Indeed, when one examines the term “Islamophobia,” it sounds like it would refer to just that, “a phobia of Islam.” However, during a conversation about Singh’s article, a friend articulated to me that language is a social contract. That is, words are not inherit; we are taught and learn them from our environment. We, as societies and communities, agree on the use and meaning of words, no matter how limited the semantics are. For instance, when we look at the term “anti-Semitism,” we agree and understand it as referring to hostility and prejudice against Jews. If we were to examine the literal definition, we could make the argument that this term is used inaccurately since there are many non-Jews, including non-Jewish Arabs, who are also Semitic peoples. Another example is the term “homophobia.” As many activists would explain, we know this word is not limited to a group of heterosexual individuals who are fearful of gay and lesbian-identified people, but rather extends beyond phobia and is maintained by the structure of heteropatriarchy.

Despite the manner in which we can critique the semantics of “anti-Semitism” and “homophobia,” we do not see similar proposals to change or shift the use of these terms as we do with “Islamophobia.” Another point my friend raised was that focus on semantics often leads to derailment and division. I am not accusing Singh of derailing from the serious realities of bigotry and violence against Muslims, but I worry that such proposals have the potential to distract us from these realities. Even if a significant group of people adopt “Islamo-racism,” it runs the risk of isolating one’s self away from those who continue to use “Islamophobia.” Additionally, the call to change the terminology can work to delegitimize or discredit the work that many Muslims and allies are already doing. This is especially important because not everyone who uses the term “Islamophobia” sees it as merely being a sentiment or “fear of Islam.”

Islamophobia is not acknowledged as a real social problem by the U.S. or the West in general. However, “Islamophobia” as a word has stuck with the Muslim community. More than that, the term is widely used to organize, protest, and name personal experiences with anti-Muslim hate crimes, bigotry, discrimination, and microaggressions. For those of us in academic settings, “Islamophobia” is the word many Muslims and allies use to advocate curriculum, workshops, and programs that address anti-Muslim and anti-Islamic demonization. Calling for a shift in language, while seemingly harmless, does not only face the challenge of replacing a word that is so widely used, but also causes an unnecessary disruption to the efforts being made to fight Islamophobia.

I also do not see any advantages of using “Islamo-racism.” Like many Muslims, I have lost count of the times non-Muslims (mostly white, but not always) have told me, “Islamophobia is not racism! Islam is not a race, idiot!” Saying “Islamo-racism” is not going to change these responses. People will still cry, “Islam is not a race, it cannot be racism to hate Muslims/Islam!”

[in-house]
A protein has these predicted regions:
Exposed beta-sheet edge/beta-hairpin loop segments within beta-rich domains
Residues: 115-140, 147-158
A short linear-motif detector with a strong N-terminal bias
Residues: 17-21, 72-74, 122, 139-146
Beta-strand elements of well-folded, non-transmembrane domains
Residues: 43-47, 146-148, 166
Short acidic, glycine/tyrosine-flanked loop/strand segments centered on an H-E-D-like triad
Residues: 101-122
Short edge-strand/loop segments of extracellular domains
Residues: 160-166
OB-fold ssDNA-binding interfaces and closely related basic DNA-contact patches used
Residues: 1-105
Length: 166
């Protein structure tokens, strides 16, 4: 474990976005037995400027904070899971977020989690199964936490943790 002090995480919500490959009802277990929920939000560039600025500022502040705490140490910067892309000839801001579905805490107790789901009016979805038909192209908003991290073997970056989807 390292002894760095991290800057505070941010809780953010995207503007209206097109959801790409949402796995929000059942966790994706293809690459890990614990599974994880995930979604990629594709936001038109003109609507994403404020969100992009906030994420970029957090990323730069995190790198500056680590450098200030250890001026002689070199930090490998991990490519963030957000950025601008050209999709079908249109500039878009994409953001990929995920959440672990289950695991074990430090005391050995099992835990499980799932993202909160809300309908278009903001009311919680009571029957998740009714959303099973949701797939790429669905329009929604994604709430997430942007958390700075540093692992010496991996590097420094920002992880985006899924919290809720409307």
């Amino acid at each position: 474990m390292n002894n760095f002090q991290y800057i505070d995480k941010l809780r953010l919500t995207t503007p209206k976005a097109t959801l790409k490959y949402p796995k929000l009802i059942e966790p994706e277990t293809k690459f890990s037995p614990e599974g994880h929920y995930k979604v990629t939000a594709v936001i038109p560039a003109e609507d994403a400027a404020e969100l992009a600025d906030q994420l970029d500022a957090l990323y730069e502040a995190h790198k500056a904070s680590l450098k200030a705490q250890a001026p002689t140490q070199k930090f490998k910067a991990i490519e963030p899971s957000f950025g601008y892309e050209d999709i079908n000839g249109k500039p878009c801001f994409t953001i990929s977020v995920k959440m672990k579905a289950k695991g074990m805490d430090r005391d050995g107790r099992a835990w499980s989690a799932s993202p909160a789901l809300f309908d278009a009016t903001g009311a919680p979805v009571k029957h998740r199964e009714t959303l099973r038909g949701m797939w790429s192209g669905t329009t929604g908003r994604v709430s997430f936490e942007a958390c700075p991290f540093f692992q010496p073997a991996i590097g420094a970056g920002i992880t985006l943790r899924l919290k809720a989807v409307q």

Just to be clear, I do not think there is anything wrong if someone chooses to use “Islamo-racism” instead of “Islamophobia.” The problem arises when one asserts and implies that “Islamo-racism” is the “correct” and “accurate” way of naming Islamophobia. Arguing that “Islamophobia” is a term of “obsolescence” is one thing, but framing it in the article title as “The Death of Islamophobia” comes off as a bit polemical. In any case, the main reason Singh calls for a shift in language is because he does not believe “Islamphobia” captures the way vilification of Muslims is entrenched and connected to white supremacy. However, this problem is not due to semantics, but rather with the way society is conditioned to treat racism, sexism, homophobia, Islamophobia, and other forms of oppression as being limited to “isolated cases” or interpersonal forms bigotry. For example, when the media reports cases of racism, it is not discussed as being systemic. Elizabeth Martinez draws another example:

“[People] will reduce racist police behavior to “a few bad apples” who need to be removed, rather than seeing it exists in police departments all over the country and is basic to the society. This mistake has real consequences: refusing to see police brutality as part of a system, and that the system needs to be changed, means that the brutality will continue.”

Martinez does not propose abolishing the word “racism,” but instead argues that we frame racism as being part of a system, “a web of interlocking, reinforcing institutions: economic, military, legal, educational, religious, and cultural.” Furthermore, she states, “We will achieve a clearer understanding of racism if we analyze how a certain action relates to the system of White Supremacy.” In cases of Islamophobia, we often see media and society treat perpetrators of anti-Muslim hate crimes as “lone wolves” rather than being products of a violent, white supremacist society. As S. Sayyid writes, “Islamophobia has been presented as nothing as sordid as racism, but rather a rational response to real threats to western, nay universal, values.”